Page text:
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Boucher second in day’s finale
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MELL BOUCHER (right) talks with Hall of Fame trainer Jonathan Sheppard (left) and her father, jockey Richard Boucher before her ride abord the Sheppard-owned and trained Bet the Pot in Saturday’s Kershaw Plate flat race, the finale of the Carolina Cup. - photo by Tom Didato/C-I

As he waited for his daughter Mell to return following a second-place finish in Saturday’s Kershaw Plate, a 1 1/2-mile run on the flat, Richard Boucher said he did not have butterflies in his stomach watching the race, the longest of his daughter’s riding career.

Mell, a sophomore at Camden High School and a member of the Lady Bulldogs’ cross country team in the fall, was aboard the Bet the Pot, a 4-year-old Lookin at Lucky gelding owned and trained by Hall of Fame conditioner Jonathan Sheppard.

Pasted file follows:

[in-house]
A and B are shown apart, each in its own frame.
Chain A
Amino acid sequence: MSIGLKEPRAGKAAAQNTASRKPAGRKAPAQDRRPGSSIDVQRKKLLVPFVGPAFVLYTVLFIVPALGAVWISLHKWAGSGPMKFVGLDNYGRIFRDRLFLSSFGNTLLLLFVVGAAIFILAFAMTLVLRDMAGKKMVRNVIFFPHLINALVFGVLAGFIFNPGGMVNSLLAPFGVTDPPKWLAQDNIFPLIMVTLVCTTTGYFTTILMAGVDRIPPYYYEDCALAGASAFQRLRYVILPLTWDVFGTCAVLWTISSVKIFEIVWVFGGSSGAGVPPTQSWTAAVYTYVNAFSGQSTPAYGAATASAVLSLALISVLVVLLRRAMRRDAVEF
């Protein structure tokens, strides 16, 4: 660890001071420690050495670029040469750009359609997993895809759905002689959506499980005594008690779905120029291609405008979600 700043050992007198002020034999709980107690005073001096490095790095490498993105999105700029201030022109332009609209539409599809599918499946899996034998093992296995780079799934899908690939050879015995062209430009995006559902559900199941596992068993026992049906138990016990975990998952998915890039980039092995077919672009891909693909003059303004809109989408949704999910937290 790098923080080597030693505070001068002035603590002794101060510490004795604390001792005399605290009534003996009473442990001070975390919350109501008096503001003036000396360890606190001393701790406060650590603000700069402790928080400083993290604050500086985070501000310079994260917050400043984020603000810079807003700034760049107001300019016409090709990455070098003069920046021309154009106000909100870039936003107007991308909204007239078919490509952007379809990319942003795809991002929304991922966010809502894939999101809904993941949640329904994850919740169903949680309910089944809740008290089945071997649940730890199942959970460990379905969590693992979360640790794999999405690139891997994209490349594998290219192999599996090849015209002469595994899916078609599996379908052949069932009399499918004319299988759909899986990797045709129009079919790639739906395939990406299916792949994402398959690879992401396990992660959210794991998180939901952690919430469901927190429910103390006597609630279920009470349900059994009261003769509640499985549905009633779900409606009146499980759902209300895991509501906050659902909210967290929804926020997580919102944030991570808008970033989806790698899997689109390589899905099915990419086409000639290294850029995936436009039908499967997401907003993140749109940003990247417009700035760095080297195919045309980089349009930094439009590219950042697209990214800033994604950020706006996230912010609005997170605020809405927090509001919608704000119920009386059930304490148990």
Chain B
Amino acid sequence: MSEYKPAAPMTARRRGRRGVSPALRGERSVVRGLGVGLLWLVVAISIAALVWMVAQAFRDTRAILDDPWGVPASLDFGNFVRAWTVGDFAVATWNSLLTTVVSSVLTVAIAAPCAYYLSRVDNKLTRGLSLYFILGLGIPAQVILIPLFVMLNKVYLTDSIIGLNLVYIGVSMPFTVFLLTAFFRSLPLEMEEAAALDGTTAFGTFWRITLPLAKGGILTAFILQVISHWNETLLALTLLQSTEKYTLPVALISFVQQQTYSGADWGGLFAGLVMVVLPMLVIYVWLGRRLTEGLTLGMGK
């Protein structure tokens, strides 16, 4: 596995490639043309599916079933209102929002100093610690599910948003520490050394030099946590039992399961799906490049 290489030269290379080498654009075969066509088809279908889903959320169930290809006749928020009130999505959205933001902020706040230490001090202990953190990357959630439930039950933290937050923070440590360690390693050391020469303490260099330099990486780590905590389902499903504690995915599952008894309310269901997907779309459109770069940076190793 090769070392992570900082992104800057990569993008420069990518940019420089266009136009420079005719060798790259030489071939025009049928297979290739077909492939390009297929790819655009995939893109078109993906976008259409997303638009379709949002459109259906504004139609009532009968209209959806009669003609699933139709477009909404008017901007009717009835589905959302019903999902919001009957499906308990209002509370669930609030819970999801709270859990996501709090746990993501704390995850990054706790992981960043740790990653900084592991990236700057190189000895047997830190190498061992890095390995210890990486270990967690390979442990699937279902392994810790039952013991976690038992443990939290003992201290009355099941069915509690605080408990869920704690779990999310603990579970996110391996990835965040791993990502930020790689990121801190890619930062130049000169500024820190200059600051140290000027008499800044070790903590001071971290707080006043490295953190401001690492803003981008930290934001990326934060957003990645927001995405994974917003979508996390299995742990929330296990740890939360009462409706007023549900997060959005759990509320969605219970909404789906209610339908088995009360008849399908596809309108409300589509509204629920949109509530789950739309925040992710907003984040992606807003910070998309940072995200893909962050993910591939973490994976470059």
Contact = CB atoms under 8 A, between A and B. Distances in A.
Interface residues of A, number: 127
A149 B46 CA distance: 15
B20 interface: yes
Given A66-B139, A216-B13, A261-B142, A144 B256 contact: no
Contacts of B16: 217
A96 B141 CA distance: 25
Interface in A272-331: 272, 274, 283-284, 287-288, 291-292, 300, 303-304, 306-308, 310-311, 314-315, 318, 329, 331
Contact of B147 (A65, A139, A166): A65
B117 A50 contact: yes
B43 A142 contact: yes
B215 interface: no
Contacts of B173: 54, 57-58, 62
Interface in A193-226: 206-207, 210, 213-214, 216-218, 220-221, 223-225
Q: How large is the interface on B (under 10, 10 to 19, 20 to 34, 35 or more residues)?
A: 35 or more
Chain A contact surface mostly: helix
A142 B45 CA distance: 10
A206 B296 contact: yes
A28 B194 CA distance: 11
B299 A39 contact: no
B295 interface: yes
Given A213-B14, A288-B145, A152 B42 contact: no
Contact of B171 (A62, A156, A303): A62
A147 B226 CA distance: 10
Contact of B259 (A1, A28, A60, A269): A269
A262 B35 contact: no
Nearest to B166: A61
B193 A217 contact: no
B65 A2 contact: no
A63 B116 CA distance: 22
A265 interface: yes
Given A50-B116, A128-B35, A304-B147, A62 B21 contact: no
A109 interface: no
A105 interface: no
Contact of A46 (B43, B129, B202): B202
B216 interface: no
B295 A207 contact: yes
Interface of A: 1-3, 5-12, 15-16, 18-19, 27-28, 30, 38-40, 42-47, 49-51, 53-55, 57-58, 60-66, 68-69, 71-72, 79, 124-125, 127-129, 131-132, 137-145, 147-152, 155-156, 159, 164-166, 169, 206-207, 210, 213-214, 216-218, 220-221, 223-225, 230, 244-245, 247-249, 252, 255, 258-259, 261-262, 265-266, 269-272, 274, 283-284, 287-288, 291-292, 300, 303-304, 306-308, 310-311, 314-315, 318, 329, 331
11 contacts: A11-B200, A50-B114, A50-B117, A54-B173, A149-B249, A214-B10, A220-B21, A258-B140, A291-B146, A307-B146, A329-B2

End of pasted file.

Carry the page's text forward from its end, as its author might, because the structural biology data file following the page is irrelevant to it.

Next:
Mell Boucher was second behind Jason Ruch aboard Wild Dynaformer as the field of seven, all with amateur jockeys on the backs, made their first pass under the wire.

When the group came back for the second and final circuit, Boucher had maintained her position in a second place finish, 16 1/4-lengths behind Teodoro with Eve Ledyard in the irons.

The run on the flat was the second in two weeks for Boucher who, the previous Saturday, was fourth in a 1 1/4-mile run on the flat in Aiken.

Boucher rides for her father Richard after school and on weekends. He said he had no worries that his daughter would get the job done.

“I have a lot of confidence in her,” said Richard Boucher who won Saturday’s second race, the $20,000 Dale K. Thiel maiden claiming hurdle aboard Pamzine. “She gallops with me every day of the week in the evenings, after school. She puts in a lot of effort.

“The biggest thing is being fit enough to ride these big horses.

“It’s always a little nerve-wracking putting a kid out there. It’s all about growing up, though.”

Did dad have any words of advice before giving his daughter a leg up in the paddock? Just what he tries to do in the saddle.

“I told her have fun. Enjoy yourself.,” he said. “You’re riding for a Hall of Fame trainer. It can’t be much better than that.”